With the radical Islamists almost at the capital gates, the biggest question is whether Mr. Massoum is the man who can steer the country back to stability.

“I have witnessed him in action,” said Mithal al-Alusi, a secular Sunni politician with the Iraqi Democratic Movement. In 2004, when U.S. forces and the Iraqi army were in a dire confrontation with the Shiite Mahdi Army militia in Najaf, Mr. Massoum “saved the day,” Mr. Alusi said. “He has a calm demeanor and nerves of steel. He has a capability of finding solutions far from the extremes.”

Part of the high-wire act that Mr. Massoum will have before him is to keep the country together, which runs counter to the drive in Kurdistan for independence.

But Laith Shubbar, a politician with the Islamic Supreme Council of Iraq, a Shiite political movement, said Mr. Massoum had played a prominent role in drafting the new Iraqi constitution following the U.S. invasion. That document made Kurdistan a largely autonomous province. “I believe he will be active in preserving the provisions of the constitution, which will put him in a strong negotiating position with all sides,” he said.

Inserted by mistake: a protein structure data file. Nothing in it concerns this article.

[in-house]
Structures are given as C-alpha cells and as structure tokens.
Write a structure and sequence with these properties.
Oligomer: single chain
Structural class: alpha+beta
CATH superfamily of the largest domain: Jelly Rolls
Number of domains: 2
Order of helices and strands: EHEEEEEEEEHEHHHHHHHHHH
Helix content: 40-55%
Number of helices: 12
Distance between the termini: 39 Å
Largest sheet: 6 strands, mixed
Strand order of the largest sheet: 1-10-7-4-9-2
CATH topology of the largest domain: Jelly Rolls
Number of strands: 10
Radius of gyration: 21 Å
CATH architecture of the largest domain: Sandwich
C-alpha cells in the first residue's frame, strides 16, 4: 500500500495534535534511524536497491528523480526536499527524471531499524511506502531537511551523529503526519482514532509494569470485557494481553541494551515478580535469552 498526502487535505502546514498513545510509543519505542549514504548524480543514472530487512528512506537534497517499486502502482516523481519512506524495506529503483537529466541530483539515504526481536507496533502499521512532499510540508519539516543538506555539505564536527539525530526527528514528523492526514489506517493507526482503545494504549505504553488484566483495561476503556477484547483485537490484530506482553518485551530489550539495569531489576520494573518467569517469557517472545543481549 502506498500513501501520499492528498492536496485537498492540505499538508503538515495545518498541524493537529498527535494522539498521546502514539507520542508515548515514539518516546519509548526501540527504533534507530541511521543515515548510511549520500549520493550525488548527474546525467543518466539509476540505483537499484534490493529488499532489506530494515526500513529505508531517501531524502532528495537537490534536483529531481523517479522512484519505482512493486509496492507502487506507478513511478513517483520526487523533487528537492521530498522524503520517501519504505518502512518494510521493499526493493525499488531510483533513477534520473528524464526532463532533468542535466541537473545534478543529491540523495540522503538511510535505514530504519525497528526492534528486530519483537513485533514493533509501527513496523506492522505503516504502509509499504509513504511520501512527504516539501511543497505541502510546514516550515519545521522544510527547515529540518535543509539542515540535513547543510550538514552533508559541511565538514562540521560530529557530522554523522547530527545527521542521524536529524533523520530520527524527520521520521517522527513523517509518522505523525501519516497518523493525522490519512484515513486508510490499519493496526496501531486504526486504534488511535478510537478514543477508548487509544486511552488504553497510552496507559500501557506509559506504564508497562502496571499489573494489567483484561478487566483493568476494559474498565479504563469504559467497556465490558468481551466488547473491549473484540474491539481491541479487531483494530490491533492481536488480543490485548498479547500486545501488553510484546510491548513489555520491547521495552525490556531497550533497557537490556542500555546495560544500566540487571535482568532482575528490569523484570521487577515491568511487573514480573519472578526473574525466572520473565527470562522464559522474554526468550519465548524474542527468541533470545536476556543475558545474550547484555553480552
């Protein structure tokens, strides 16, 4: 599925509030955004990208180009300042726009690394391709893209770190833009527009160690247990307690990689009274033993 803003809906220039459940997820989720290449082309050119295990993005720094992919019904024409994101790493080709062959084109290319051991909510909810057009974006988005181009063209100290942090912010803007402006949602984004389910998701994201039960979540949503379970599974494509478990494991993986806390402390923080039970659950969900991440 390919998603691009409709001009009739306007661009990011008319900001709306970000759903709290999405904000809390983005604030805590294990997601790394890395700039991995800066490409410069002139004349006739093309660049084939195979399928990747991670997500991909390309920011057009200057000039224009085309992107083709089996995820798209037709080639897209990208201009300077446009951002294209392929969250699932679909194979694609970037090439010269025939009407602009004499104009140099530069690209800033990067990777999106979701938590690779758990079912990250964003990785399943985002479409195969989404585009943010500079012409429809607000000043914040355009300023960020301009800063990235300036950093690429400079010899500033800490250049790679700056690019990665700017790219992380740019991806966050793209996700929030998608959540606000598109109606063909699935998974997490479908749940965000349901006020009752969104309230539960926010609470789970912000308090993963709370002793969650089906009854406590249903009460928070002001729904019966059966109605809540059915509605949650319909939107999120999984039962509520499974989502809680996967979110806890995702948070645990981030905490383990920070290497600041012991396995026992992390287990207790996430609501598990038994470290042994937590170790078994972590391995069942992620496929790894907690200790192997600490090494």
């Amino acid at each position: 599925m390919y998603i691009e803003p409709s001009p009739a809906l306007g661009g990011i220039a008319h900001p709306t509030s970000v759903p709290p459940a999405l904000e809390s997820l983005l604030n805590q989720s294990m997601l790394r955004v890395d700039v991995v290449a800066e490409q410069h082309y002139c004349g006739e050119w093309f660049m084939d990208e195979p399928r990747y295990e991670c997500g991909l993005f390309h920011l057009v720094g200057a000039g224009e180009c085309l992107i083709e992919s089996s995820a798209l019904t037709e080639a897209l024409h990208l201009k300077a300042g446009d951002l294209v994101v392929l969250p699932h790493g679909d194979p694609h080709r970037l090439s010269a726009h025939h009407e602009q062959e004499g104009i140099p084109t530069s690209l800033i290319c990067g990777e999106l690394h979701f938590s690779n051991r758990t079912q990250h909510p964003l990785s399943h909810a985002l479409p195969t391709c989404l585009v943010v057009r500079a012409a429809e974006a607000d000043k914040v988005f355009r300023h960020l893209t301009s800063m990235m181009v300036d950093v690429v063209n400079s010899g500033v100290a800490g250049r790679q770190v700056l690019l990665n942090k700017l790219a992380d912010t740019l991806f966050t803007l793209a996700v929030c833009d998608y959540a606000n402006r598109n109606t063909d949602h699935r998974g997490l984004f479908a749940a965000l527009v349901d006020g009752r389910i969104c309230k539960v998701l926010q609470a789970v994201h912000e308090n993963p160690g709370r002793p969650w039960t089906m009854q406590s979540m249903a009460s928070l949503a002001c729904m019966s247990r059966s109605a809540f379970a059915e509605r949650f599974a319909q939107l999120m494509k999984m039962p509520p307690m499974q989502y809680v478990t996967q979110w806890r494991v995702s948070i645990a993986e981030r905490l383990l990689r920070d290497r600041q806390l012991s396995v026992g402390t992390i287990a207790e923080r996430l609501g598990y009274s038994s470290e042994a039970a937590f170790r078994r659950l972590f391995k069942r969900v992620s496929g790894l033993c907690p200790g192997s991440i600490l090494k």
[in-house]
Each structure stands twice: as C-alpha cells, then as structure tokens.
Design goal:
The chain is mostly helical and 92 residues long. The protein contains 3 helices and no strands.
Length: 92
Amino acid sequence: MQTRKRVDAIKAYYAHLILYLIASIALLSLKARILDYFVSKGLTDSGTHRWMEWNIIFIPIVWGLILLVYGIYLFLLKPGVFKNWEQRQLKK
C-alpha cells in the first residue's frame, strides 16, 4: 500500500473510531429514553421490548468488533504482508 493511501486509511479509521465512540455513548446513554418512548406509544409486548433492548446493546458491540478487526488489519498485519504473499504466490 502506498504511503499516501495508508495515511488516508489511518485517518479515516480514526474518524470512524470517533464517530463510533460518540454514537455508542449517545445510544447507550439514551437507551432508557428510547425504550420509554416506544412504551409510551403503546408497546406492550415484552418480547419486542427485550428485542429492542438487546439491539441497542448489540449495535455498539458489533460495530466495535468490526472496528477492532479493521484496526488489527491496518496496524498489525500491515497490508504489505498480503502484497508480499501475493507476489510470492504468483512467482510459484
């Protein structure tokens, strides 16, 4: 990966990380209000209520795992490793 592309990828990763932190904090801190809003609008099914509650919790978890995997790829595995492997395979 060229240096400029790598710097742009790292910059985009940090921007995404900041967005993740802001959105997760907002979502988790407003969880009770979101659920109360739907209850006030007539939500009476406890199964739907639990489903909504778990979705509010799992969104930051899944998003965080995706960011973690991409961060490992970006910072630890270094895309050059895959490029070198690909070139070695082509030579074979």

Mr. Massoum, who studied Islamic Shariah law as an undergraduate and received his doctorate in Islamic philosophy, “commands great personal respect from politicians in all the political blocs,” Mr. Shubbar said.

“The Kurds have not spelled out yet exactly how they want to get out of Iraq, or if they want to get out of Iraq,” said Mr. Osman, the political analyst. “At the same time, the Kurds are bound to the constitution.”

United States military - United States government - Middle East - Iraq - Ban Ki-Moon - Saddam Hussein - Nouri al-Maliki - Iraq government - Baghdad - U.S. Army - Jalal Talabani - Roy Gutman

First Published July 24, 2014 4:00 PM


Advertisement
Advertisement
Advertisement

You have 2 remaining free articles this month

Try unlimited digital access

If you are an existing subscriber,
link your account for free access. Start here

You’ve reached the limit of free articles this month.

To continue unlimited reading

If you are an existing subscriber,
link your account for free access. Start here